Yeah, that's a really good question. And I think going back to when we audit an account is someone sends us a search term report and we wanna see all the search terms in there. And it's crazy how a lot of times they have more sales coming from one order search terms than they do from search terms with more than five orders. So like a super simple example is someone will have maybe 50 search terms.
Mike Jackness (17:17.297)
Lucas Kwiatkowski (17:26.126)
getting a third of their sales. And they have 200 of them getting 50% of their sales. Because they're just letting those one order search terms sit in those autos and those broads, and they're not doing anything with them. But that's where it gets really tricky, because people will start extracting them and putting them all into one campaign. So what we do is with our naming convention for campaigns is we have
V1, V2, V3, and we will continually tier out keyword lists. So we're gonna start right with broad phrase and exact, and we'll have a V1 exact match, our best exact match keywords.
But then you can't sleep on autos and broads. We always want those running exactly to be finding those new search terms. When they do kind of hit that trigger of getting maybe two orders or three orders, then we'll move them into V2. So now we have a new campaign of V2 search terms, and maybe that's 20 to 30. And then we just keep that cycle going. So once keywords are in a campaign and they're doing well, we always get scared to move them.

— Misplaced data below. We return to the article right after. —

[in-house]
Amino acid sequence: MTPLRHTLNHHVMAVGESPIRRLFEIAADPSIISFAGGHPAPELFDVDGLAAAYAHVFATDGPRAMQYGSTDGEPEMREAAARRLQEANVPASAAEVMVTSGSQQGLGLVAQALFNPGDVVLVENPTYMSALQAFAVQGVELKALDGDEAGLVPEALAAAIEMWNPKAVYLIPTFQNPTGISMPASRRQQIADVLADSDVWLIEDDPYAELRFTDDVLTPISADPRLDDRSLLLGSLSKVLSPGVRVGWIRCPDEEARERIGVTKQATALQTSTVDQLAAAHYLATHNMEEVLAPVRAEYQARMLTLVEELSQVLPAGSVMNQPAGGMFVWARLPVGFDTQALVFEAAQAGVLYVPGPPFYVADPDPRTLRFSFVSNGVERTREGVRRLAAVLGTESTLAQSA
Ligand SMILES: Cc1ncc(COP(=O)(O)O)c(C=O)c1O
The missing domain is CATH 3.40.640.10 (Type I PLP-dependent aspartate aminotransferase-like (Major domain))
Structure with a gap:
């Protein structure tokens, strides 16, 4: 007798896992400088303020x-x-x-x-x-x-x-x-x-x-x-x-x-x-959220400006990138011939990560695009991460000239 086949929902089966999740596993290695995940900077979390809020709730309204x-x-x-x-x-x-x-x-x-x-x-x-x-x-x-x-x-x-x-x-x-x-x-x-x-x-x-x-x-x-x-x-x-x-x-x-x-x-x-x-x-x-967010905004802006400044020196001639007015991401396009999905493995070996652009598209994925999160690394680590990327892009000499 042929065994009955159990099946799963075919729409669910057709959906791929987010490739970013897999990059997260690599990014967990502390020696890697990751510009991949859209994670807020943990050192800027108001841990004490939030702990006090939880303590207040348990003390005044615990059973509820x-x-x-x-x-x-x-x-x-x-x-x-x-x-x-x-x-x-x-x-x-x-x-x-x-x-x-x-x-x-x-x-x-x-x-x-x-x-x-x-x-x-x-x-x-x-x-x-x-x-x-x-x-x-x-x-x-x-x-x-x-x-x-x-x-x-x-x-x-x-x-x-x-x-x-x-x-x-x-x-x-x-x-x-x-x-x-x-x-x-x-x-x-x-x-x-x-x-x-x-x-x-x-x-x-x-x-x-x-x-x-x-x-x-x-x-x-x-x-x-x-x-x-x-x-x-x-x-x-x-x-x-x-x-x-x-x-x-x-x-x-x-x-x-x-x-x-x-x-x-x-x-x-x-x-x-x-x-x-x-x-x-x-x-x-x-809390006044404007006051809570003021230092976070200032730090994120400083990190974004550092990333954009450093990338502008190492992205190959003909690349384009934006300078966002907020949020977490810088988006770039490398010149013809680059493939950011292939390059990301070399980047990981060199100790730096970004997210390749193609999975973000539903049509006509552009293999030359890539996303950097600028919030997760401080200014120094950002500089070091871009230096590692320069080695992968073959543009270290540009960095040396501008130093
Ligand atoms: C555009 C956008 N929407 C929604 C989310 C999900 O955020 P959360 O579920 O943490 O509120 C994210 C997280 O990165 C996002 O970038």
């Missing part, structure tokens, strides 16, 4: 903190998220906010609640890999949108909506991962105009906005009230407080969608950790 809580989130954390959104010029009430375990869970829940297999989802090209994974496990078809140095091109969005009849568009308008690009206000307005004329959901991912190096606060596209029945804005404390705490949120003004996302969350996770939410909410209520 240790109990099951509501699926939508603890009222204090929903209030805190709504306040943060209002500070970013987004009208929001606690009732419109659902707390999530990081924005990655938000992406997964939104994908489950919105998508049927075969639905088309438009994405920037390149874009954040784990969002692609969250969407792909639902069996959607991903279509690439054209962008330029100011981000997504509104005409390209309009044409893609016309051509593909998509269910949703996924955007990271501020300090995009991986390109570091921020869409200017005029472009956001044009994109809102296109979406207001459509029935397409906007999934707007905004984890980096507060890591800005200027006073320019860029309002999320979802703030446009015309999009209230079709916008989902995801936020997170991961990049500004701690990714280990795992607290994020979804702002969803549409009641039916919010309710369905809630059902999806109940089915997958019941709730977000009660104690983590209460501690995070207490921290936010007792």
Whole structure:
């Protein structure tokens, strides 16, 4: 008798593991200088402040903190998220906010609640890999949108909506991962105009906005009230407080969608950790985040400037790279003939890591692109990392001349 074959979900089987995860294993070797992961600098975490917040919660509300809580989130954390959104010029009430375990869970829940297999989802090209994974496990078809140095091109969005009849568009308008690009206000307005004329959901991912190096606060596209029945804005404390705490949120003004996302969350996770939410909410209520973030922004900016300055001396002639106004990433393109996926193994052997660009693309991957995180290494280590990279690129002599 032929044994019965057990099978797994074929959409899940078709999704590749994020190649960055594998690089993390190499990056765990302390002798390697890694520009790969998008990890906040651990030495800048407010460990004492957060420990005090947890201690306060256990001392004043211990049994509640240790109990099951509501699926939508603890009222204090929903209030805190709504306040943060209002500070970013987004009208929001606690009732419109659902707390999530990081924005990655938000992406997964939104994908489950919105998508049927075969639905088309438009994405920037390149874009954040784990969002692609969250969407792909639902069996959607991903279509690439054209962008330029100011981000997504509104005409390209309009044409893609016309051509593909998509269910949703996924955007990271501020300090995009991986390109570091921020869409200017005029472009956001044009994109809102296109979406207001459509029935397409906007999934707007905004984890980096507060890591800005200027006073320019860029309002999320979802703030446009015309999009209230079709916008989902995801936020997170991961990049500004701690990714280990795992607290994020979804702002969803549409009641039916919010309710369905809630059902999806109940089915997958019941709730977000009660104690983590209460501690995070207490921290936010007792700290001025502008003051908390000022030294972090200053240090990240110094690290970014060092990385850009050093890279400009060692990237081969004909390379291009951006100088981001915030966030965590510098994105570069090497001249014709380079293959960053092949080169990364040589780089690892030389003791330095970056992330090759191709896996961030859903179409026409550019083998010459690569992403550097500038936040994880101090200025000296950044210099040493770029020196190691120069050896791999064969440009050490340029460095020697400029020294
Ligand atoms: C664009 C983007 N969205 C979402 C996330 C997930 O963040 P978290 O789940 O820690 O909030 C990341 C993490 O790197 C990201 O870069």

Mike Jackness (18:39.947)
Lucas Kwiatkowski (18:40.302)
because I don't know if anyone's seen that. Like if you, a keyword's performing very well in a campaign and then sometimes you move it to a new campaign, it can take maybe a week to get going and it doesn't do what you expect it. So we keep them in there, but just keep launching new baskets of search terms and continually, we're continually researching.
Mike Jackness (19:02.029)
Yeah, very interesting. I hadn't actually looked at that data of what happens when you move a keyword over to another campaign. I've been leaving them in the old campaigns. I actually was talking to Ritu recently who is a pretty good PPC expert and she's the one that convinced me to stop this nonsense of adding it to negative. You want you move it to another campaign for this exact reason. So tip of the hat to her.
that from and I'm like that seems crazy but what ends up happening is that the keyword that was performing well that you've identified that you're now looking at moving to this next layer of performance you know I guess in her mind and what you're saying as well is that you negative it out on the other one or remove it from the other one or hell if you're handling it and moving into this new campaign because you have this shiny new keyword that's super performing and you know and I guess what can happen is you're hitting the